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How To Stay Active When You Really, Really Don’t Want To

Five Reps


That’s the secret. Just five reps. Seems too simple but trust me.


Over the past few weeks even I, a trainer that works at a gym, have slacked on my fitness. I demonstrate the routines for my clients but that’s it. My stamina has waned dramatically and all the processed food isn’t helping. I’d eat fresh but we only go grocery shopping when we absolutely need to and when we (by that I mean I) do, we get weeks’ worth of food at a time.

I know that it is tempting to do a big workout where you go all out for over an hour when you’ve been off the wagon for an extended period of time. I did this in early college myself. There are some major draw backs. Your chance of injury is way higher. When you go that hard you get sore, making you more likely to put off the next workout. It becomes a cycle. Don’t workout for weeks. Overdo it. Get sore. Put off the next workout for weeks. Repeat.


There has been research that shows that six minutes of intense exercise a week is all it takes to increase stamina, VO max, and reverse some signs of aging. Thirty seconds of going all out (running, biking, rowing) followed by one to two minutes of rest for a total of six minutes of going all out was the formula used in one study. (https://www.abc.net.au/catalyst/fit-in-6-minutes-a-week/11015916) You may think that’s all you need. This is great news for aging but this doesn’t mimic day to day life. We still need endurance training.


For those of us that have spent most of quarantine reading and watching T.V. it means we have some catching up to do. I’ve found that doing five repetitions of an exercise whenever I think of it helpful. When I go outside to read, I’ll do five lunges with knee ups before I sit down. Before I go back inside, I’ll do five torso twists. When my meal is warming up in the microwave, five squats. Brushing my teeth, five leg raises.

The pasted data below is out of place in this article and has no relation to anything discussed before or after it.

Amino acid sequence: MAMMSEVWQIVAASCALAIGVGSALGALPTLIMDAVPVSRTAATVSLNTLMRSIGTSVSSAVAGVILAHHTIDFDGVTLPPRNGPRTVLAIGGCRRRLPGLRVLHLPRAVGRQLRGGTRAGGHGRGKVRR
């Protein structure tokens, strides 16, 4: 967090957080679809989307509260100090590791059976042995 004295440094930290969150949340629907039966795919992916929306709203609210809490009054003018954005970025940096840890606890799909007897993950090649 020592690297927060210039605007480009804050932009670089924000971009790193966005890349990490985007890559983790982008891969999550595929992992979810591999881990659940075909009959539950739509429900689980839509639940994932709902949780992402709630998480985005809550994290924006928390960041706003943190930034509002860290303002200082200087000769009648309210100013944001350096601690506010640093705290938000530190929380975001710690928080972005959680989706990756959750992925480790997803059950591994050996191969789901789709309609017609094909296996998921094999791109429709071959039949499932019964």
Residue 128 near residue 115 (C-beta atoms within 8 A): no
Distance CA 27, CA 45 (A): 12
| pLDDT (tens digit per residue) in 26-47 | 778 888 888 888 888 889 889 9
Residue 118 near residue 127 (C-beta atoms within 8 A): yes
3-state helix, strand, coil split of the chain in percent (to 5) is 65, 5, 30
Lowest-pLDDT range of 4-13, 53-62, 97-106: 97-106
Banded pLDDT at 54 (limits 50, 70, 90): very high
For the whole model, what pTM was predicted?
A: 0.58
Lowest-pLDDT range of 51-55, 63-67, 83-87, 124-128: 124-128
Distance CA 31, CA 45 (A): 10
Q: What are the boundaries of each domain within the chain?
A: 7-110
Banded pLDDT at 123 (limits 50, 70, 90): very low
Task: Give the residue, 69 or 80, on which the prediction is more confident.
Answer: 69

It isn’t much but that’s the point. These bursts are so small, so easy that it’s hard to convince yourself it isn’t worth it. By the end of the day you’ll have done an entire workout.

The plan is to start with bursts of five reps and move up to ten reps. After that, two exercises that work different planes of motion or different muscles back to back. This will lead to doing short rounds. Three to four exercises ten to fifteen reps each. The rounds on their own won’t be enough to build up a sweat but when I graduate to doing full workouts I won’t be as winded. I’ll gradually work my stamina back to where it was. If that isn’t the end goal for you, that’s fine. Just do five reps when you can. It is easy to slip out of routines and let ourselves take time off from those disciplines that we don’t overly enjoy. We need to remember that we committed to them for a reason to begin with. So, five reps. We can do that.



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